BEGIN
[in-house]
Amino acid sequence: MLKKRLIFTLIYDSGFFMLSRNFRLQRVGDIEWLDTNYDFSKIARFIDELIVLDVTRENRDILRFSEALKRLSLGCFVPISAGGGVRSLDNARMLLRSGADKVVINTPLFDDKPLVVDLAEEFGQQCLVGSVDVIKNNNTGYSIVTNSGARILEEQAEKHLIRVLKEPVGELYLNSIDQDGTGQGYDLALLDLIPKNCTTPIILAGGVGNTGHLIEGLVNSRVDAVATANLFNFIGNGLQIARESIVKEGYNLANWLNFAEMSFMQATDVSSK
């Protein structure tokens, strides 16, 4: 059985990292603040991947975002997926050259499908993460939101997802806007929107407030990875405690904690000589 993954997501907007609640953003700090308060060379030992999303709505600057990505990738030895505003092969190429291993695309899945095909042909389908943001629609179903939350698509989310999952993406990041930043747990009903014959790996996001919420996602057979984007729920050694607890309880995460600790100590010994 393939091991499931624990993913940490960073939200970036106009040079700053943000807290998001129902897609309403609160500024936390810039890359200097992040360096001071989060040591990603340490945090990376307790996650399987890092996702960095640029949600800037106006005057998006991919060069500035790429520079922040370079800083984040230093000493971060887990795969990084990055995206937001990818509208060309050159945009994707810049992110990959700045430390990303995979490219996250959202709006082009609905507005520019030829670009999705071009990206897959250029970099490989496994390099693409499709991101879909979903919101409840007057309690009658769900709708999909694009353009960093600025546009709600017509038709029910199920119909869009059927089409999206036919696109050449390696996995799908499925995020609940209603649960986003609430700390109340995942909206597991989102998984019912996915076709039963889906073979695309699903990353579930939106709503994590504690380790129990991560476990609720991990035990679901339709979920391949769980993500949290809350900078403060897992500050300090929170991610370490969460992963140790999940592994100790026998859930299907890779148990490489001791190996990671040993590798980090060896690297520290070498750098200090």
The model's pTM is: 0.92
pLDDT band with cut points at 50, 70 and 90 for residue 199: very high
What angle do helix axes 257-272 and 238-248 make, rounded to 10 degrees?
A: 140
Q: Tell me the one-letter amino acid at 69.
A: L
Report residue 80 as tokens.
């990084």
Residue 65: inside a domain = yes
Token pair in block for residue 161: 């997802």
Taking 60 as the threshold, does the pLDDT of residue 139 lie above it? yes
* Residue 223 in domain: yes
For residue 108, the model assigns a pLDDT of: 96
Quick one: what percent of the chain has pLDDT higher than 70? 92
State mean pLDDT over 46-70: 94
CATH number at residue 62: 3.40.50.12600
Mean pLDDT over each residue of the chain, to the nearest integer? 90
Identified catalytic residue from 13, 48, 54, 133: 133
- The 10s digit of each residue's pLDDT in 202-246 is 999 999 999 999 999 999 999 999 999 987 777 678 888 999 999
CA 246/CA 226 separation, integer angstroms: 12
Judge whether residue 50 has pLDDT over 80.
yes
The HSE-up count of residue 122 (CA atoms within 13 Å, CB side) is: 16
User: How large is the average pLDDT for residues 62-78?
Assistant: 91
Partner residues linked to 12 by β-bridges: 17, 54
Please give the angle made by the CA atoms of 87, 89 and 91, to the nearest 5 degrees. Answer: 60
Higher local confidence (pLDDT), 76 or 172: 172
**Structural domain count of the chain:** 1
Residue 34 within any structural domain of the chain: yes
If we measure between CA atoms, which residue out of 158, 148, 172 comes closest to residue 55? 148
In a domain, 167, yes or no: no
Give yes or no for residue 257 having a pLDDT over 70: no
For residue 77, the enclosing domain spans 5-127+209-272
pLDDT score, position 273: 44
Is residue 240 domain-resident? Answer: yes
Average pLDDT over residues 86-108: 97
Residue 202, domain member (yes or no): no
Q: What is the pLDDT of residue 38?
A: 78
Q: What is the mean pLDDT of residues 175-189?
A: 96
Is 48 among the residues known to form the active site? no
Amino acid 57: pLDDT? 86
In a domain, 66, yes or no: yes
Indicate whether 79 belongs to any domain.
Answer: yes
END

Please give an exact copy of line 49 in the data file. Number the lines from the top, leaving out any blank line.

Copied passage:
Indicate whether 79 belongs to any domain.